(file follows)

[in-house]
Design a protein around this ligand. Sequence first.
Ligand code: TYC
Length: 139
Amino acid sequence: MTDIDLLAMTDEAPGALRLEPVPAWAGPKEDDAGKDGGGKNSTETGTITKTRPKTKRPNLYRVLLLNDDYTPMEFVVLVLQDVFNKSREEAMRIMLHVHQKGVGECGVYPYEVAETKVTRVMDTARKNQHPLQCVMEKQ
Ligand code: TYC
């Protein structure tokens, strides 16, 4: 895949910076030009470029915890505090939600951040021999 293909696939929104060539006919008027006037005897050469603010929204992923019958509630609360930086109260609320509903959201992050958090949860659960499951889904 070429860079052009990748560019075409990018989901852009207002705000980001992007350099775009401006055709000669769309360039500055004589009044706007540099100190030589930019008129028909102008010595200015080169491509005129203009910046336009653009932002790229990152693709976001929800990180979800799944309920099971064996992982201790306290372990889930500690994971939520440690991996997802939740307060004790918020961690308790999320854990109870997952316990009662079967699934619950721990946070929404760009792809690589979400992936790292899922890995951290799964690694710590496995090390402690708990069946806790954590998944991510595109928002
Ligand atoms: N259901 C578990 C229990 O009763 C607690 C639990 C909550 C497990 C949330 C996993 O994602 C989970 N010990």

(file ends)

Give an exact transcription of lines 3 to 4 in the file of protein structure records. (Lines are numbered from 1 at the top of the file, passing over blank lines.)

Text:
Ligand code: TYC
Length: 139